Mental health has always been a taboo subject in the Asian American community. Older generations may see mental health issues as something “crazy” or abnormal, and dismiss it as the fault of the individual or a lack of willpower. For teens that were brought up with these beliefs, it can be challenging to seek emotional support from their family members. Many teens also experience issues such as cyber-bullying that older generations never encountered. Under these circumstances, Asian American youth can struggle to find the right support.
To better understand how the community perceives mental health and the kinds of resources that are available, we invited two teen health educators from the Teen Resource Center, Tammy Cheng and Anna Wu, and one teen participant to sit down and talk with us.
How do you think mental health is portrayed in the Asian American community?
Tammy: There are many taboos regarding mental health issues and seeking help isn’t an option. People in the community may label it as “crazy.” When a teen is stressed and isn’t comfortable seeking help, [they] may resort to keeping it inside, but it is never the best choice. Older generations may not understand the concept of depression. This [lack of communication] creates a cultural barrier … youth nowadays are more open and willing to talk about their mental health.
What are some cases that you dealt with regarding mental health?
Anna: I remember one case. A teen came in looking to get some help from a professional about her mental health, but her mother refused to let her get help from people outside of the family circle. Her mother didn’t think that it was necessary and didn’t think that there was anything wrong with her daughter. Luckily, she got help from a professional at last.
What resources can Asian Americans access?
Anna: There is a burgeoning demand for mental health care in which the Charles B. Wang Community Health Center (CBWCHC) has recently expanded their health services to accommodate more patients. We work closely with local organizations to provide alternative resources to the community beyond the health aspect of what CBWCHC delivers. For example, APEX for Youth and Big Brothers Big Sister of New York City are both local organizations that we work closely together with to provide youths the opportunity to be peer mentors or tutors. We also work closely with Chinese-American Planning Council with youth-related services, programs, and events.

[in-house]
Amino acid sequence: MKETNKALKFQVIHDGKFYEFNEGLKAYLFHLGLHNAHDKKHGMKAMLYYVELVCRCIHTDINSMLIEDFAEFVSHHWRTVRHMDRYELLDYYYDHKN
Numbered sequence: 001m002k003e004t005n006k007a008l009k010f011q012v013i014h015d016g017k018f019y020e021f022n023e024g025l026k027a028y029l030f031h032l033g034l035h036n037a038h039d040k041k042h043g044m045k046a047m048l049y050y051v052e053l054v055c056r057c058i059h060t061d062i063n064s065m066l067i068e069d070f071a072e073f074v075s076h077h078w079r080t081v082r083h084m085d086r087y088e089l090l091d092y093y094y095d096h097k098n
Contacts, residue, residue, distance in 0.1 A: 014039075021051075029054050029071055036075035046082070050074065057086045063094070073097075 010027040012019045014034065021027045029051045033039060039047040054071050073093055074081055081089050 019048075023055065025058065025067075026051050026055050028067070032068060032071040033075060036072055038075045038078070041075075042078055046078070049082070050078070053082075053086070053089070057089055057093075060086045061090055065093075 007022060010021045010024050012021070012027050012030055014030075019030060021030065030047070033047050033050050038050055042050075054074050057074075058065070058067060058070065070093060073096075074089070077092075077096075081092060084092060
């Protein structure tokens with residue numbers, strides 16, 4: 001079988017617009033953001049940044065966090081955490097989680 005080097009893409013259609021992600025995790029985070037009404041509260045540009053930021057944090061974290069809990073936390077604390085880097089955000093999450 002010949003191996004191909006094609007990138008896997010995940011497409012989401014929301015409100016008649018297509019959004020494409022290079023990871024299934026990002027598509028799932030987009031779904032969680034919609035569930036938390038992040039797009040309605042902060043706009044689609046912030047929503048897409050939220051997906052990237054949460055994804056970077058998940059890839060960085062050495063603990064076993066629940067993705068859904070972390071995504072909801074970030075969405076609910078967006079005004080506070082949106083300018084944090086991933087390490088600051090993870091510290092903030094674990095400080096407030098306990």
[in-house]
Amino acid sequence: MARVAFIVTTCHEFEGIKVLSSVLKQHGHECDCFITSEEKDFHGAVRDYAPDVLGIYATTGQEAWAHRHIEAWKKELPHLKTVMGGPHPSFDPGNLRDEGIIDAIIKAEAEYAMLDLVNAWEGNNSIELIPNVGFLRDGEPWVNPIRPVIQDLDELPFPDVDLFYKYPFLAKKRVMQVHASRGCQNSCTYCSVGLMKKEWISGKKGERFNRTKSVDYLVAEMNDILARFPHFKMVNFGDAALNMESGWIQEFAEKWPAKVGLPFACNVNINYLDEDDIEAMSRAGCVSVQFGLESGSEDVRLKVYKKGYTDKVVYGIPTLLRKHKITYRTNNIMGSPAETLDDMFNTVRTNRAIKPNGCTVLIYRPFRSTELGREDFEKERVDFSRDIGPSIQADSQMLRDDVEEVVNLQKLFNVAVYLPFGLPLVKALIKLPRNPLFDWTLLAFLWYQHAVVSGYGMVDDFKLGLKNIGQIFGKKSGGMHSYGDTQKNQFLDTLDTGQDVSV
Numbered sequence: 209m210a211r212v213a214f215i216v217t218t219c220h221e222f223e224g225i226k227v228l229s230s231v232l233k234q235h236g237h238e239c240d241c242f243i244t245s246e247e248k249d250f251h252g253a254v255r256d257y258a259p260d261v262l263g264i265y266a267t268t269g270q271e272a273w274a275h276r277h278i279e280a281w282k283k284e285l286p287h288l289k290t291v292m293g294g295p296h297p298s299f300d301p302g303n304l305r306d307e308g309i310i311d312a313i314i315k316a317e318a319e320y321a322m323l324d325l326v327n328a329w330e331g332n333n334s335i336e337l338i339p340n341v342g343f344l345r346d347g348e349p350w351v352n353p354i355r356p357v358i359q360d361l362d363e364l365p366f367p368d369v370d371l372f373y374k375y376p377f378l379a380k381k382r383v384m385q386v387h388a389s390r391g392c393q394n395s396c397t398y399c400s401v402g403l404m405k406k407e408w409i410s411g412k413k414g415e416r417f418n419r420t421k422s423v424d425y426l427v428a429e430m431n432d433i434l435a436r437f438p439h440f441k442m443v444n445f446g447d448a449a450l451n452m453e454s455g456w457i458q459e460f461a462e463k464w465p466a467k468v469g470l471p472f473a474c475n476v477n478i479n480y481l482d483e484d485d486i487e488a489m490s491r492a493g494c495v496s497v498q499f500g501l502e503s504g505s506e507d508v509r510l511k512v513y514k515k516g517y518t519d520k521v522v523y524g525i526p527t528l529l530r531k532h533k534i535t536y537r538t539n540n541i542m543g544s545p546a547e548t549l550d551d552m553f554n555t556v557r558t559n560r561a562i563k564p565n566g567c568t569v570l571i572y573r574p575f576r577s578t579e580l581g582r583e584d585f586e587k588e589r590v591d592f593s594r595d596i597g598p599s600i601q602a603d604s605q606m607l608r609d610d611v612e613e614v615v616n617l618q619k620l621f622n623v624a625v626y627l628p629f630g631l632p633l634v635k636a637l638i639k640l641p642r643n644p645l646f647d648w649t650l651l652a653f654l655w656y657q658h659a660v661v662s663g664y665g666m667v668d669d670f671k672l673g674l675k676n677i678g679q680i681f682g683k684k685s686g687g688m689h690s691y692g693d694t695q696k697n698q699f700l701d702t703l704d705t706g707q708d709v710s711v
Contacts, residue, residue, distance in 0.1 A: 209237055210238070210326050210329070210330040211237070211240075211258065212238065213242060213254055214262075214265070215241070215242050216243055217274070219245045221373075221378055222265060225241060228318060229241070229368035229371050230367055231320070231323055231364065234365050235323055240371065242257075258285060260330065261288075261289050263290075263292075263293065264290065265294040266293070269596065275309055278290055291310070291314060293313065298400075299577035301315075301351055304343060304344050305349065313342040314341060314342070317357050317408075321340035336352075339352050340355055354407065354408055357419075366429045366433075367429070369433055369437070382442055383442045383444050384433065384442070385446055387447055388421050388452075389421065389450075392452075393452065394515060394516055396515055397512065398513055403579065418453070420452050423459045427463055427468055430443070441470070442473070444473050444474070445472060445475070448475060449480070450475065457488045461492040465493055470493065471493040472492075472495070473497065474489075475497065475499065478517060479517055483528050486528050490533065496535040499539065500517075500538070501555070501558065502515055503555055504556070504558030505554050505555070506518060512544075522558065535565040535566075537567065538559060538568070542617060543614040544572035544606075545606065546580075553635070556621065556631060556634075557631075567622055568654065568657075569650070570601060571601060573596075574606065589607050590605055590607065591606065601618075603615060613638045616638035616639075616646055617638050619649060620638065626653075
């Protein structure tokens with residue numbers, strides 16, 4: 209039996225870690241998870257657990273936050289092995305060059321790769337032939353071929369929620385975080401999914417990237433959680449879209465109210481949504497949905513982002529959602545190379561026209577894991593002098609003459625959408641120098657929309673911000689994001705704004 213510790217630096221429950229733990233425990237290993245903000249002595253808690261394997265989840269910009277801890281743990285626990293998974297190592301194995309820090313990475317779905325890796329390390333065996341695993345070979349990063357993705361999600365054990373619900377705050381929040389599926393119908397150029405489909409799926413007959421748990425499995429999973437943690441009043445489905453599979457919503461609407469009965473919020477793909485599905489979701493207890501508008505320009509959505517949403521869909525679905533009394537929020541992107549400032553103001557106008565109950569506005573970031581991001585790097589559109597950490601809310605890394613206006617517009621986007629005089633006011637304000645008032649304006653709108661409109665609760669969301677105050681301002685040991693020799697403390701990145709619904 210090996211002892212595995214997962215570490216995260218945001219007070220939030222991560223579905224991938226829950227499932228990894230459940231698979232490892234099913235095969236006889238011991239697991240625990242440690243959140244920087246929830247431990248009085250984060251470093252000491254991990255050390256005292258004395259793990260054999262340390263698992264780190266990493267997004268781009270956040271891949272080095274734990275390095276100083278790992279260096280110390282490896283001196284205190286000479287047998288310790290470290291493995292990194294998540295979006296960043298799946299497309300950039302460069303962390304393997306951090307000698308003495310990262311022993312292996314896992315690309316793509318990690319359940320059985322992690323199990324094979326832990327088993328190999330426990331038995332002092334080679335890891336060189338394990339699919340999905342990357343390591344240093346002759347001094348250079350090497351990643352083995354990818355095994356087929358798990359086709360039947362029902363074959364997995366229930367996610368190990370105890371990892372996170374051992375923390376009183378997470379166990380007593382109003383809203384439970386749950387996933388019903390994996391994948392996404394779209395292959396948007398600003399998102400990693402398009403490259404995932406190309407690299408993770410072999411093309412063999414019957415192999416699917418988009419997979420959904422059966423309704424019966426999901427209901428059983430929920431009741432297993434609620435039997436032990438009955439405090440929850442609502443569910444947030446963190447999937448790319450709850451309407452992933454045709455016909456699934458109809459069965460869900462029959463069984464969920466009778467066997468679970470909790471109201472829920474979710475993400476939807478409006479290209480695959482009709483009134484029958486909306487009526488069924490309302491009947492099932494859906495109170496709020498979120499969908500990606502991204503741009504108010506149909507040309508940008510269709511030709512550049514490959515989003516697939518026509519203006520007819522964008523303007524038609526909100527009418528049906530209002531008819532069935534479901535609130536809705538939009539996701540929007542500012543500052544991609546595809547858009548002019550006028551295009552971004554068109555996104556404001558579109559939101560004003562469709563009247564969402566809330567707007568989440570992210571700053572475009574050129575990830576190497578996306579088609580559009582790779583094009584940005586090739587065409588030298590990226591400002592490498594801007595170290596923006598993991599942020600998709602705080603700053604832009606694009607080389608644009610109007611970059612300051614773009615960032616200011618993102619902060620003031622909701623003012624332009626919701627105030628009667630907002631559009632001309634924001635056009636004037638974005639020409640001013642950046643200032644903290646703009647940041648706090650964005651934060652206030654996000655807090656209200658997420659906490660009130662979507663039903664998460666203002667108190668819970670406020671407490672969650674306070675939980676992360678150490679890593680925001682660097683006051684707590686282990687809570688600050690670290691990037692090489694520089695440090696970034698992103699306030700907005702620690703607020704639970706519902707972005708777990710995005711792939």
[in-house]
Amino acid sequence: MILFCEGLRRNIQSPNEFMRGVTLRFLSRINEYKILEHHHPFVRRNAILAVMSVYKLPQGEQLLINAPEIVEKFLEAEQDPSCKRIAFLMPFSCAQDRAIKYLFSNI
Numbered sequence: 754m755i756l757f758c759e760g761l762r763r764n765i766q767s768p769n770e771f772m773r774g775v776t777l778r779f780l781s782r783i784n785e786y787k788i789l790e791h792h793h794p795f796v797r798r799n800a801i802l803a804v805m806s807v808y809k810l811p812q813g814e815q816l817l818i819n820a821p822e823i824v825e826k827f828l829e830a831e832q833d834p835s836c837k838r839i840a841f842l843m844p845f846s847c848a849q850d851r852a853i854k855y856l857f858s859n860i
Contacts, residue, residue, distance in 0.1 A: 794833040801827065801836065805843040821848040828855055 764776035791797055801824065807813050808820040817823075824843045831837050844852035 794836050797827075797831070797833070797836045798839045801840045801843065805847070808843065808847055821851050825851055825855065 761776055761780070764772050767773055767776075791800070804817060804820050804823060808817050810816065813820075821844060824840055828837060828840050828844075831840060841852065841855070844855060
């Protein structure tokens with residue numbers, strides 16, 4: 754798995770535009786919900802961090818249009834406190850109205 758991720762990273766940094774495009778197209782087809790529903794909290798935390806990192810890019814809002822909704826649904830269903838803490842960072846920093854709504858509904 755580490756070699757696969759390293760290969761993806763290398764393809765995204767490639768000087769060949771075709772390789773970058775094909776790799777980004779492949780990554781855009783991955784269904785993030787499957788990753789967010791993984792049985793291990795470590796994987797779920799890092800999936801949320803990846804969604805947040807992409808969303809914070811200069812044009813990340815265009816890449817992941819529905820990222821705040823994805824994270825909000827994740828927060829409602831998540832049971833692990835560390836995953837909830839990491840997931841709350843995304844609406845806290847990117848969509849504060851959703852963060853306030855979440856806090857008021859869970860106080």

Tammy: [In addition to] trying to finish school, getting citizenship, supporting kids, finding a job, and creating a stable living situation like my parents and many immigrants are struggling with now, there is literally no time to [be active and] seek out resources to help deal with all the stress. The need for resources is very real, but the expectations to be able to have time, money, or energy for these services is often unreal.
Teen: As a second-generation Asian American student, my school provides a decent amount of resources for mental health issues. My school, in particular, offers stress-relief workshops and provides talk sessions. I think it is because I attend a very stressful school and the necessity to provide resources is greater for students these days.
Talking to a friend, a counselor, or someone you trust may be intimidating at first, but it’s the first step to getting the help you need. The Teen Resource Center (TRC) at the Charles B. Wang Community Health Center offers peer-to-peer and professional support referral services for adolescents seeking help. Visit their two convenient sites located in Manhattan at 125 Walker Street, 2nd Floor, New York, NY 10013 or in Flushing at 136-26 37th Avenue, 4th Floor, NY, 11354. To learn more, please call (212) 226-2044.
Written by Tiffany Wu
Tiffany Wu is a Community Service Learning Program intern at the Teen Resource Center. She is a rising junior at Brooklyn Technical High School.